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The Birth of Tow Surfing
Dazzling Blue #53

It was 1987 and Pipeline was 10-12 feet, breaking way out on the third reef, and there were no takers, it was a day to mindsurf.


     Big blue wall looms, jet-skier speeds into it early, behind him, what is that? A surfer? Yes! As the wave stands up the surfer lets go of the tow rope and S-turns down the face.

     I witnessed this in person, it was stunning, a glimpse into the future. The jet-skier was Herbie Fletcher; the surfer was Martin Potter, and they were making history, these were the seeds of what would come to be known as tow surfing.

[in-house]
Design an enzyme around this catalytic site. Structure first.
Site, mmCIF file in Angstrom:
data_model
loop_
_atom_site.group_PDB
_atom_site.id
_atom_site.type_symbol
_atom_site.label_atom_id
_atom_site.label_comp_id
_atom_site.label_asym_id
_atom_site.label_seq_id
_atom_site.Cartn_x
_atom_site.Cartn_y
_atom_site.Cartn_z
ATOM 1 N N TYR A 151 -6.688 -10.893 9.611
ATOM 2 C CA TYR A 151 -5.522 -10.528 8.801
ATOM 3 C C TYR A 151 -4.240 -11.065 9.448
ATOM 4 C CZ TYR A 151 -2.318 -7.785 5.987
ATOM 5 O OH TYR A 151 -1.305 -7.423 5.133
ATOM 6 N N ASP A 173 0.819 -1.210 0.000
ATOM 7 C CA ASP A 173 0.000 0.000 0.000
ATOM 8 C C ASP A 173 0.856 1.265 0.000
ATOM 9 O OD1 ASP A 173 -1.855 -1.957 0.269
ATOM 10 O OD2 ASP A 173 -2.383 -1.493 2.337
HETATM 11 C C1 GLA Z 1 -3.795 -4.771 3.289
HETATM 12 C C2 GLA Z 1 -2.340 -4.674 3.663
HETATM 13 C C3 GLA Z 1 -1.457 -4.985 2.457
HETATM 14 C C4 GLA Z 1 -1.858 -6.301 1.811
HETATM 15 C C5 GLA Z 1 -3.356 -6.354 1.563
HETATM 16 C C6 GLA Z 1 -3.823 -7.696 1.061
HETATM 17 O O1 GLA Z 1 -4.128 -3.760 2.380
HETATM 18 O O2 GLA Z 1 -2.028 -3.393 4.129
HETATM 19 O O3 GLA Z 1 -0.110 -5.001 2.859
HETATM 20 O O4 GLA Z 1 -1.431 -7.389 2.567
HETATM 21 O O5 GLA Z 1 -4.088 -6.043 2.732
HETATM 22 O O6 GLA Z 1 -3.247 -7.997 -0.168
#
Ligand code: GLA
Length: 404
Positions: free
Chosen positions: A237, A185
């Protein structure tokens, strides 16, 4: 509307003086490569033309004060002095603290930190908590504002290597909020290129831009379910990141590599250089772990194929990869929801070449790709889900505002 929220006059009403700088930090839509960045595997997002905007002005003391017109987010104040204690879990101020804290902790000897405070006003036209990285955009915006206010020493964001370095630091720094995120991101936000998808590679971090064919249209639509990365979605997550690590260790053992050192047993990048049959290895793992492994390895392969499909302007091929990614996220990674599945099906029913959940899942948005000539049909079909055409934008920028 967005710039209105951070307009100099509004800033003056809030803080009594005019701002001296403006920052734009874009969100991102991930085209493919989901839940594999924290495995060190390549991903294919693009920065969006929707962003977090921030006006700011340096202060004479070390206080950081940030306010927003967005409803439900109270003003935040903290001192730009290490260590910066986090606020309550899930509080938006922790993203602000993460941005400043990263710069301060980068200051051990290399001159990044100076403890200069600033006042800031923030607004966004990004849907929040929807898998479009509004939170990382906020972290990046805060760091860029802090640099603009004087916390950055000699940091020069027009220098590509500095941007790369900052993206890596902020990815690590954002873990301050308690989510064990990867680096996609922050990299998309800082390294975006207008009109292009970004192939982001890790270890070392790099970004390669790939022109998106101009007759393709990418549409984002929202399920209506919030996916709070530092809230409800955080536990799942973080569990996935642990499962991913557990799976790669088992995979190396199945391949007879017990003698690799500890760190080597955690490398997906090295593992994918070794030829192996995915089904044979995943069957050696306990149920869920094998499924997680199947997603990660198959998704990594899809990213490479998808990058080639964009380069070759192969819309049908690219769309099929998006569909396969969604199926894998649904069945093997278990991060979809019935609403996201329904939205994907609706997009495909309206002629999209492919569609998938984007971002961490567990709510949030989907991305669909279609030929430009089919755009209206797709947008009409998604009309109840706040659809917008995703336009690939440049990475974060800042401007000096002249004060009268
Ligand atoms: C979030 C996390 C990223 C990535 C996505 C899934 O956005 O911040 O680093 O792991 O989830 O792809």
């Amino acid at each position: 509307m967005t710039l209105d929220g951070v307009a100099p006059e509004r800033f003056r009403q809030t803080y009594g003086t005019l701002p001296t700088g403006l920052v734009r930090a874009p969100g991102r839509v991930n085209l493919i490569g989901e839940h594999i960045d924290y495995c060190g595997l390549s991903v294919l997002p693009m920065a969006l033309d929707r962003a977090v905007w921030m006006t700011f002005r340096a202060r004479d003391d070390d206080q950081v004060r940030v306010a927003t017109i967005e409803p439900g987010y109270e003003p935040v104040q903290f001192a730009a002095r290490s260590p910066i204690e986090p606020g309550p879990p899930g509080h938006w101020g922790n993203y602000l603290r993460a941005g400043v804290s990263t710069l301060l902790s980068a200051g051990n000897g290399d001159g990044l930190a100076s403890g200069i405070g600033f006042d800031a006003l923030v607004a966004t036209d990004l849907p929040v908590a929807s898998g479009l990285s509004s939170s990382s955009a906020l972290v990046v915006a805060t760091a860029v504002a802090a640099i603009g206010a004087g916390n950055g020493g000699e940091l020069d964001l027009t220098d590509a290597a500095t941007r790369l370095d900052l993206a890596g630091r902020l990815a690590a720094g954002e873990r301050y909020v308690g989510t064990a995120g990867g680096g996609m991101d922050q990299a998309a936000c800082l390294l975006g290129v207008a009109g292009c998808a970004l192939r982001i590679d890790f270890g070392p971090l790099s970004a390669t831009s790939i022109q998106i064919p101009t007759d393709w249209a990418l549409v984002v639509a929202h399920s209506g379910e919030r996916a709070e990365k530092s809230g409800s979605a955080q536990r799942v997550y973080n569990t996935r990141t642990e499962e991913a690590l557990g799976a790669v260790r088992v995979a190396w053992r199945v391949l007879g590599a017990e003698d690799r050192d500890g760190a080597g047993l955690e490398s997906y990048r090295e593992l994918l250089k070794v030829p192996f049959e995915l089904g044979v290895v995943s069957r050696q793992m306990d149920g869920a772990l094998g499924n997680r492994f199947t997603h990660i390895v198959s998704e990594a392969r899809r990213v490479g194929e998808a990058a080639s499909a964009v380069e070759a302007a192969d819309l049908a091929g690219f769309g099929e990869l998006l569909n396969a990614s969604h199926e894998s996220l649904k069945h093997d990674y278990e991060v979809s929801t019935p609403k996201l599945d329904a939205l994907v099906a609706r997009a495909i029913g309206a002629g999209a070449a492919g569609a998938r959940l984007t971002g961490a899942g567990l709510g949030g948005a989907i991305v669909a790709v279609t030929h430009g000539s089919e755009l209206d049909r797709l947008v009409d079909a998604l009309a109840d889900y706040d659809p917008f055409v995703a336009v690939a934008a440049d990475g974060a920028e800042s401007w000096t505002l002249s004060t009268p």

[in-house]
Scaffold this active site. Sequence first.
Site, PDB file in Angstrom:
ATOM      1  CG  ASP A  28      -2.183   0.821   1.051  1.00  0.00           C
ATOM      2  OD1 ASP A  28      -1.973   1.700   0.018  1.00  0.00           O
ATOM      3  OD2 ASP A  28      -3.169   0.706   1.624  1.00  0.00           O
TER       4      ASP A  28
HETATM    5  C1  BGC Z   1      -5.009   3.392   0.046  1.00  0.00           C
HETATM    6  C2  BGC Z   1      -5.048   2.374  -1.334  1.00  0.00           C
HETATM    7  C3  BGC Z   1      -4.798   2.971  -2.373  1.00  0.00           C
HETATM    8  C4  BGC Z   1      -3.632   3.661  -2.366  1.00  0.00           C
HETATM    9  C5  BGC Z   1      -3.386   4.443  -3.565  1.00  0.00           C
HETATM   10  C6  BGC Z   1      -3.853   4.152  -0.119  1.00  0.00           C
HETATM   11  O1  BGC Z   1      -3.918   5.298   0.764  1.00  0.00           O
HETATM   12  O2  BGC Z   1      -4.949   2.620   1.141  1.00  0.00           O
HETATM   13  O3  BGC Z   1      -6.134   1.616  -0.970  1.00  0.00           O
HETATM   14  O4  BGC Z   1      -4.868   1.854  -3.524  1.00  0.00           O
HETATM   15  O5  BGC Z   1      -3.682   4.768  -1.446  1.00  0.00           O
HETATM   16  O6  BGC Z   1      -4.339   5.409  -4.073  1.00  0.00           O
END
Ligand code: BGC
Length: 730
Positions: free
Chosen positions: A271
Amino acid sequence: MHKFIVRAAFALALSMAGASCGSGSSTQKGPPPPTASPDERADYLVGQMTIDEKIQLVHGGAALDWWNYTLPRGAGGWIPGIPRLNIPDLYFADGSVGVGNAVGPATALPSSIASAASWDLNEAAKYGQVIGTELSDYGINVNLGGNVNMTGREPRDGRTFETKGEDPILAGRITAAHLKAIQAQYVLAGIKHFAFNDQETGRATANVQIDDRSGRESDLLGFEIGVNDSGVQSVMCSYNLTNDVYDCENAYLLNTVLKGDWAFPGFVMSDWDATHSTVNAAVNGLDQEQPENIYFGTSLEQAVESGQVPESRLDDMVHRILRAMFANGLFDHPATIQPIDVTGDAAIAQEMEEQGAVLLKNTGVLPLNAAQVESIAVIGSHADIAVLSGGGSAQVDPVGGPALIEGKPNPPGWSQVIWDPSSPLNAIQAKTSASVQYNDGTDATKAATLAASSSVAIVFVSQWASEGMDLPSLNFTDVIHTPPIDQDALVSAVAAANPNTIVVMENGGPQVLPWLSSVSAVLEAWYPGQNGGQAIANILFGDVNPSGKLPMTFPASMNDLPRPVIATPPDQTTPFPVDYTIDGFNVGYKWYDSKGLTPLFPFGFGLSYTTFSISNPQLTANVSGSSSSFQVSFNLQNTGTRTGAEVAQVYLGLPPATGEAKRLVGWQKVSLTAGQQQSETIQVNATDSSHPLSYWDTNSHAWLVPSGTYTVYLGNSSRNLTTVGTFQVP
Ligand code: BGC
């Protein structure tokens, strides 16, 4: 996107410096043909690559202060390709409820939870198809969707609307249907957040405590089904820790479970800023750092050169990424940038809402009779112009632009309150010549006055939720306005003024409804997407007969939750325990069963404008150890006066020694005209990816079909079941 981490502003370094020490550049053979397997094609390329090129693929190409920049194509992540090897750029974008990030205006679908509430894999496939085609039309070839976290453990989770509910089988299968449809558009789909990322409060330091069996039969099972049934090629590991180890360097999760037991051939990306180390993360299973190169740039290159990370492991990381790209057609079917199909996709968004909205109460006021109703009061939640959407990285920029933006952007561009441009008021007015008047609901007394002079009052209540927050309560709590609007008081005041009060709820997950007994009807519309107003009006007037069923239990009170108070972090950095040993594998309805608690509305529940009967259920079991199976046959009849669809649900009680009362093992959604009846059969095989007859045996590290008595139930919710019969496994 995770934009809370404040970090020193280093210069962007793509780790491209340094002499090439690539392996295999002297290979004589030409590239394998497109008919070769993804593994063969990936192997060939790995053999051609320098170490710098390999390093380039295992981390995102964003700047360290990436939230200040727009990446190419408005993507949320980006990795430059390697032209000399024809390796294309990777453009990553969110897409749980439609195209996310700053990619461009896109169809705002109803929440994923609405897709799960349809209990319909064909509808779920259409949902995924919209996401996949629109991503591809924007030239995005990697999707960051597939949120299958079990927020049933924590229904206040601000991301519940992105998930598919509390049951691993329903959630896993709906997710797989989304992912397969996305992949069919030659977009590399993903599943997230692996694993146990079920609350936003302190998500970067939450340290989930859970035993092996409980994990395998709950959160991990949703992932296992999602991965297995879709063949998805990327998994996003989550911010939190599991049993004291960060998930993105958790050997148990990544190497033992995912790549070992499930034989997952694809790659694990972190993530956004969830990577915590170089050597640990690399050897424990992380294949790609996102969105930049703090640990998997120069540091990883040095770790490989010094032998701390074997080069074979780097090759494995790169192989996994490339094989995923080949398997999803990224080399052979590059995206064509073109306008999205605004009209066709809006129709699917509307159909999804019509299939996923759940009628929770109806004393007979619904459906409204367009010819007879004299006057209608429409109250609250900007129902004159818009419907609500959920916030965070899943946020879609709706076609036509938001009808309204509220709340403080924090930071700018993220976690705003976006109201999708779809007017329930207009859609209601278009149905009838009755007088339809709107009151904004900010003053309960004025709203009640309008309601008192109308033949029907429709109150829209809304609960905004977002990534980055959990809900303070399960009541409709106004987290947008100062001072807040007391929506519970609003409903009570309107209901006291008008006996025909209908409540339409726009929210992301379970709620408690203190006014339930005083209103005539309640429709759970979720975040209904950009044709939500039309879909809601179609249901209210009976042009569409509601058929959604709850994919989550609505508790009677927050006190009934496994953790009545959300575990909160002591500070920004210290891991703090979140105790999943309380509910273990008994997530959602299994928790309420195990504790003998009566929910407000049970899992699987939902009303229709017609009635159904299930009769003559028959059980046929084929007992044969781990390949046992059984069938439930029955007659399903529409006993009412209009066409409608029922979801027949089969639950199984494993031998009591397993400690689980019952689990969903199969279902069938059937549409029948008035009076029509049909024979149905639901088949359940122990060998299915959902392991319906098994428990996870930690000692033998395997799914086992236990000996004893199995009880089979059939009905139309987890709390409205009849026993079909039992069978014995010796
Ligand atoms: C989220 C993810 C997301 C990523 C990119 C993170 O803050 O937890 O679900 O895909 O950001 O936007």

In fact tow surfing was percolating in the minds of imaginative surfers well before this. In a 1963 issue of Surf Guide magazine, Californian Mike Doyle wrote: “The surfer might be towed into the wave by a boat much like a water-skier.” He was pondering ways we might more effectively get down the face of a big wave. In 1974, Hawaii’s Jim Neece experimented with “speedboat assistance” as a way to ride the huge surf of Kaena Point. But tow-in surfing really came to the fore in late 1992, when Hawaiians Buzzy Kerbox, Laird Hamilton, and Darrick Doerner used an inflatable Zodiac boat to whip into 15-foot waves at Backyards on the North Shore. It worked. They would soon move on to using PWCs—and towing into Jaws and Phantoms and Teahupo’o and all the rest.

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